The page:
One of the most vocal lawmakers on the matter, Priscilla Misihairabwi-Mushonga, is also the chairperson for Parliament’s committee of education. She is pushing for the introduction of a quota system in teacher training so that applicants from minority languages are accommodated.

“What is happening is that when you look at the state of institutions of higher learning in the Matabeleland region, very few of the students come from Matabeleland. And unless you address that particular issue, fair representation and distribution of resources will always be a problem,” Misihairabwi-Mushonga said in Parliament. 

“What is sad is that the school system starts from Grade 1 to 7, but why is it that we have a majority of Shona-speaking teachers being deployed in Matabeleland? It is because they are supposed to destroy the foundation of that child’s learning,” she further stated. 

Multilingual teacher strategy

Education secretary Tumisang Thabela says the ministry is working on a strategy to solve this problem and that, going forward, priority would be given to prospective student teachers that are conversant in at least three local languages so that there is no shortage of teachers who can instruct pupils in their mother tongues. 

“Since learners are supposed to learn in their mother’s language in the first four years of their education, the ministry requires a trained primary school teacher to know at least three indigenous languages because that will be the medium of instruction […] from the 16 official languages it is possible,” Thabela said.

Furthermore, parliamentarian Misihairabwi-Mushonga wants the children that failed in the most recent exams to be given another chance, arguing that failure to do so effectively condemns them to a doomed life of no education.

A Continent-wide problem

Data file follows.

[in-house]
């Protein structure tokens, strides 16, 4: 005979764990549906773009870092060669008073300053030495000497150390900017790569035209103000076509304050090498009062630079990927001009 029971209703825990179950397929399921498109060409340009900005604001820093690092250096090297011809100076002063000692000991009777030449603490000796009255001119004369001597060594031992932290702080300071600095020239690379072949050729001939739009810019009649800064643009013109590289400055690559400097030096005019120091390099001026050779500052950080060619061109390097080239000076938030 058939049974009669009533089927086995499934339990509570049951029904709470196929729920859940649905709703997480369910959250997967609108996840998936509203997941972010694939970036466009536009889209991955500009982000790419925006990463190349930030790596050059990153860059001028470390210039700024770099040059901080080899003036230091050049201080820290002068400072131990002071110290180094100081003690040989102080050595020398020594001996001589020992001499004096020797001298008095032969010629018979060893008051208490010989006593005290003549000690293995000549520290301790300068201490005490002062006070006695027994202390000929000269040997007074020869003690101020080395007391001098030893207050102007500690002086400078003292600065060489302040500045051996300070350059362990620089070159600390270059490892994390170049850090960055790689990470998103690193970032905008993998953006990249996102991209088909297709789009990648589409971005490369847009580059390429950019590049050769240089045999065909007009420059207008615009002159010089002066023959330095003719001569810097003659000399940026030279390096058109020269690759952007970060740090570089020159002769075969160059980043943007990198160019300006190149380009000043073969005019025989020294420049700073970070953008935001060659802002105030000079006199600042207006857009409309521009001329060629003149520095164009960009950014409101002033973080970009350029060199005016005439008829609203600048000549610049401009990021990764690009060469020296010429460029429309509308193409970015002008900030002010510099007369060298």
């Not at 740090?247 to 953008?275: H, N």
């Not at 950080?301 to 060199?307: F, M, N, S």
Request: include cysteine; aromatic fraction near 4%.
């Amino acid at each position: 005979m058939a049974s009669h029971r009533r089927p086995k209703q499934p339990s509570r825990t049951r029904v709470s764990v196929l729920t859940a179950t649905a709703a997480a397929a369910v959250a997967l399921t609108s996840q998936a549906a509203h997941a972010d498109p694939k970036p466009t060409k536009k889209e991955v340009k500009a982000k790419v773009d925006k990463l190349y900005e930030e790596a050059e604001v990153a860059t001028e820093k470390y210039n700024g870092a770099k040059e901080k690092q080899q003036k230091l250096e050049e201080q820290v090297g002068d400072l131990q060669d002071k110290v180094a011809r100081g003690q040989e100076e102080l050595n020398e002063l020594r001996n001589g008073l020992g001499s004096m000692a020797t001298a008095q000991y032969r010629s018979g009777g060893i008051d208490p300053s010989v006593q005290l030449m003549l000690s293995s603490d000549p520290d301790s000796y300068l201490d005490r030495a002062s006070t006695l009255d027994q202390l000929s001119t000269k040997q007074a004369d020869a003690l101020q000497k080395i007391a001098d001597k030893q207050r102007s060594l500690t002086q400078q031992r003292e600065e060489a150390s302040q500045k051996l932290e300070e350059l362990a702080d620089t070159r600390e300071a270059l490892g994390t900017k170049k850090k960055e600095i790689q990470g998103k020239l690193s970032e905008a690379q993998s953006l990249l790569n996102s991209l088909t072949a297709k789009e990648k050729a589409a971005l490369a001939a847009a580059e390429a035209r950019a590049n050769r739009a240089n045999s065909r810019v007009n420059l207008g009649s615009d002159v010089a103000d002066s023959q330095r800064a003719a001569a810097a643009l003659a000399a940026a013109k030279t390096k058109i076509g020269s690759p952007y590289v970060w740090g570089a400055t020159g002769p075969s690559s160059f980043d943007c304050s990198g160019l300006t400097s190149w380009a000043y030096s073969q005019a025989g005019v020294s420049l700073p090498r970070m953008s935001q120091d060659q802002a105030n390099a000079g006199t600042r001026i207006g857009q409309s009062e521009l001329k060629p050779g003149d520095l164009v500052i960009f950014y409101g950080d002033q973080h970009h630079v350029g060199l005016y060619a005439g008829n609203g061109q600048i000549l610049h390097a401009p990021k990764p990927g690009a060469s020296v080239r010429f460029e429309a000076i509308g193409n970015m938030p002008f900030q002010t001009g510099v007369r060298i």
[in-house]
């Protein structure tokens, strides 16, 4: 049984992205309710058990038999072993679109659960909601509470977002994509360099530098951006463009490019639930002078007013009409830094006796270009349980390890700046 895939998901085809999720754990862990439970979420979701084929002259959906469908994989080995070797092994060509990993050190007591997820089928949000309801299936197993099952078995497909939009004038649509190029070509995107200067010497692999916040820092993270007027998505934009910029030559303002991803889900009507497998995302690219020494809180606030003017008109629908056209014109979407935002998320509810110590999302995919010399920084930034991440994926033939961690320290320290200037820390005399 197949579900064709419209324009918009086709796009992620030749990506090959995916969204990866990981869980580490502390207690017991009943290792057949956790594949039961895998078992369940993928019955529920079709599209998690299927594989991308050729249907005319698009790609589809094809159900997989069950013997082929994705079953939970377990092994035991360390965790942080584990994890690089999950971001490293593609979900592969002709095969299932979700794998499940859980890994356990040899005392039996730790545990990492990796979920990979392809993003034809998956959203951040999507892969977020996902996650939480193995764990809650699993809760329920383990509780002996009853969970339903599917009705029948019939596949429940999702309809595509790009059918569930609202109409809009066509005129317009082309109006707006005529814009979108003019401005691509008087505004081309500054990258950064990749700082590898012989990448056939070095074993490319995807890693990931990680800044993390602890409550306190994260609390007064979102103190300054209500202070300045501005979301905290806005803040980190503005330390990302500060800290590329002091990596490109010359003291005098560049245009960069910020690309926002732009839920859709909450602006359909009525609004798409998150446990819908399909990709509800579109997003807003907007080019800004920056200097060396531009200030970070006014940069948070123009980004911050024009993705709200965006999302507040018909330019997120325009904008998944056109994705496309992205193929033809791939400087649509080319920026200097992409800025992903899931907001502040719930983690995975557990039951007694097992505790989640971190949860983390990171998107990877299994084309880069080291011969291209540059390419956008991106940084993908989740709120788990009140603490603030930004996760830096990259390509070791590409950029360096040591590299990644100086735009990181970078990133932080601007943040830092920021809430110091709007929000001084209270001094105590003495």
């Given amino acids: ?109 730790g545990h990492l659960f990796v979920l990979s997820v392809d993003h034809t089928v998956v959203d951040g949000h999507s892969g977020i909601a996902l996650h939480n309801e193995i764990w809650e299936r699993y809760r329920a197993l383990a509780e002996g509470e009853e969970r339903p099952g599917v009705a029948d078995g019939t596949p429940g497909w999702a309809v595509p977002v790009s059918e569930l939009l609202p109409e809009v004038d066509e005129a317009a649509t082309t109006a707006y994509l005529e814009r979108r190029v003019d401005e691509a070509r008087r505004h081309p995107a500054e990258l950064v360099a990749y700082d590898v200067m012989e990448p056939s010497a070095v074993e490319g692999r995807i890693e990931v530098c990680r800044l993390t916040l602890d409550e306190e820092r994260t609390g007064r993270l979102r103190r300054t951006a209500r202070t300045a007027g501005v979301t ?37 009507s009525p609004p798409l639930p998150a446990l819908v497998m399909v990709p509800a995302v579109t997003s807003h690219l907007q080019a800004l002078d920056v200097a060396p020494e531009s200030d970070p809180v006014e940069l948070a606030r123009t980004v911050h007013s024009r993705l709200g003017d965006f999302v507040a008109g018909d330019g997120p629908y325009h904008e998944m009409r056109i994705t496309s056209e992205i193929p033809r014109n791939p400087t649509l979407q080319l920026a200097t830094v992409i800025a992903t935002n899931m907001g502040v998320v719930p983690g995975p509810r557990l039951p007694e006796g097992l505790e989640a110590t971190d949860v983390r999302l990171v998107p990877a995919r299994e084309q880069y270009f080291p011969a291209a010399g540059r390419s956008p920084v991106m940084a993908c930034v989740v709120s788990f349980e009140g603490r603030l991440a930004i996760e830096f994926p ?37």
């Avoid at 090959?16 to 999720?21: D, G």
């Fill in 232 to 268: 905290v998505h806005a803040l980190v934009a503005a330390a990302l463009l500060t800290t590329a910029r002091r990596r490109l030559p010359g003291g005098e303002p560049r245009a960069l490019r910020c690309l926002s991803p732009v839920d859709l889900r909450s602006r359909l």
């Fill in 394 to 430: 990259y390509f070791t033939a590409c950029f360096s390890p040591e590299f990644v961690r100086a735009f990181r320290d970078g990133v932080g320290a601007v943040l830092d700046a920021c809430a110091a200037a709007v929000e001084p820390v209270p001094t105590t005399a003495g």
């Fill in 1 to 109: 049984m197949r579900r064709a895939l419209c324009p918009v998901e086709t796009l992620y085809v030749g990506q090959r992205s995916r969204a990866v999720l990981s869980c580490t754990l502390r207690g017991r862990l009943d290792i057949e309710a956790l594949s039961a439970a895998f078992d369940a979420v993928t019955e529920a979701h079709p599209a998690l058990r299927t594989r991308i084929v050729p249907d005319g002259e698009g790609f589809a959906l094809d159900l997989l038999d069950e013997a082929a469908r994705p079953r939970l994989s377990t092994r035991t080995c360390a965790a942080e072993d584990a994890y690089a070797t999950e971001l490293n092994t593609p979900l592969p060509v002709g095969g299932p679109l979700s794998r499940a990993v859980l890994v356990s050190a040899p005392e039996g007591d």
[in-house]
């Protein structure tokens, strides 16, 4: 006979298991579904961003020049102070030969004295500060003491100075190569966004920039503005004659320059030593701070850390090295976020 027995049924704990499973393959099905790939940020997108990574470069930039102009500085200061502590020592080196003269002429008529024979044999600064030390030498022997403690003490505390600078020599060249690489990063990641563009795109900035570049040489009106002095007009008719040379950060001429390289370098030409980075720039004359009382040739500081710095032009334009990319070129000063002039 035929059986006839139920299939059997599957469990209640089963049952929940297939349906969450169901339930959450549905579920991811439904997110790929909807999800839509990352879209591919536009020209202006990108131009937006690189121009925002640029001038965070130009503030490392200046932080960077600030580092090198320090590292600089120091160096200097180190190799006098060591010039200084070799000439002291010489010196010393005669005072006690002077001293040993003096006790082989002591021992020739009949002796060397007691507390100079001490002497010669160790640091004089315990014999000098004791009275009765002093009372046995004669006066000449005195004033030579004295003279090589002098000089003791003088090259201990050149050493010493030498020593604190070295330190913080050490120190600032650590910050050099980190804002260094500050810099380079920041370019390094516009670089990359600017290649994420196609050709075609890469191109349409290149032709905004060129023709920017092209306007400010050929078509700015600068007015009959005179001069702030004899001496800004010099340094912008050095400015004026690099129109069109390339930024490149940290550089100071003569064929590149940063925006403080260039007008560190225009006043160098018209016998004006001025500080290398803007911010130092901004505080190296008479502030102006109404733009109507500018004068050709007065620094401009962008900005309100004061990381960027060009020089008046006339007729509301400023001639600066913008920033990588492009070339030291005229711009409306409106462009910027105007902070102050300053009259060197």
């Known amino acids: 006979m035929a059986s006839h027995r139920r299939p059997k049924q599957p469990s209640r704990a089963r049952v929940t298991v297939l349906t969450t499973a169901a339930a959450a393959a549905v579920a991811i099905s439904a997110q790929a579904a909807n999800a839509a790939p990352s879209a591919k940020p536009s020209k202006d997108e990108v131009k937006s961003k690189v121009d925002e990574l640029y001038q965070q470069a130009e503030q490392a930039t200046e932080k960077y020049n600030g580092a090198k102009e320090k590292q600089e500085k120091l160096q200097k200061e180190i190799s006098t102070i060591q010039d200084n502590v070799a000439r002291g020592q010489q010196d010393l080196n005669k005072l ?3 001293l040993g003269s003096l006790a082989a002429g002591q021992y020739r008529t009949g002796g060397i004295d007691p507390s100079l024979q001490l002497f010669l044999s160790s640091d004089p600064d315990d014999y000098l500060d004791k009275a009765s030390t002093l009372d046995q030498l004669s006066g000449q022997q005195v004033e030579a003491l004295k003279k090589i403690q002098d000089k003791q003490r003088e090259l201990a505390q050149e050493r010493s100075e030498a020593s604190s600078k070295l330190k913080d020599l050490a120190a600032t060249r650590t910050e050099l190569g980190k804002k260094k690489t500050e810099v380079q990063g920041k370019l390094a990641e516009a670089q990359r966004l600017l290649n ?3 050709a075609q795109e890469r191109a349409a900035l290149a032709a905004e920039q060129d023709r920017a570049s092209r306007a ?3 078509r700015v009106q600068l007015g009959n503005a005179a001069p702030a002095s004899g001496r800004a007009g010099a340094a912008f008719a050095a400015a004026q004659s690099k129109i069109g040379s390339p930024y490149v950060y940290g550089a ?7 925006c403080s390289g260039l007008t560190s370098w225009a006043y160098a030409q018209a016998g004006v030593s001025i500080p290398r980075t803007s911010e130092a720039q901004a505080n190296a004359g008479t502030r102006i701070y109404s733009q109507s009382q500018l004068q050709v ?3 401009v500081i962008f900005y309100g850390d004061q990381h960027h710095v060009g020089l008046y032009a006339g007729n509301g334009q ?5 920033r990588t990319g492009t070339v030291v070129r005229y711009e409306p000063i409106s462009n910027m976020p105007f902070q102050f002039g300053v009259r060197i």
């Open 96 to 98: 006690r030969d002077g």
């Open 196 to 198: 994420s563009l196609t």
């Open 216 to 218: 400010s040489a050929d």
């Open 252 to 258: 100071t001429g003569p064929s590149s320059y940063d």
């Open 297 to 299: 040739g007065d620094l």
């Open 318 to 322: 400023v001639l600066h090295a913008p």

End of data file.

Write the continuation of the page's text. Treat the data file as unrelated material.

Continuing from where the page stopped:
In Africa, with its more than 2000 languages and its tribal based politics, this is a continent-wide problem. 

In neighbouring South Africa, the language of instruction has always been an emotive issue, so much so that it sparked the bloody Soweto Uprising of 1976. After over 20,000 African students from African suburbs protested in response to the introduction of Afrikaans as the medium of instruction in local schools, the International Day of the African Child was born.

Findings drawn from a set of studies conducted in the framework of the Language of Instruction in Tanzania and South Africa (LOITASA) research project, have shown how well African students express themselves if they are allowed to use a familiar African language, and, conversely, the difficulties they face when forced to use a foreign language - a language they hardly hear and never use outside of school - as a language of instruction.

Image: grassrootsoccer2006.

Article written by:
CZ Photo
Cyril Zenda
Embed from Getty Images
Students are seen during a lesson at a classroom of the makeshift schools to access affordable school lessons as they contend with a comatose national economy in Harare, Zimbabwe on January 27, 2020. Scores of pupils have no choice but to drop government or council schools in the southern African country as school fees have been shooting up now and then amid galloping inflation.
© Anadolu Agency / Contributor
Embed from Getty Images
A pupil wipes her desk in the class room ahead of the first day of the resumption of classes at Queen Elizabeth School in Harare on September 28, 2020. Public schools in Zimbabwe have been reopened after authorities began relaxing a COVID-19 coronavirus lockdown imposed since March 30, 2020, initially only allowing examination classes to return to schools.
© Jekesai Njikizana / Contributor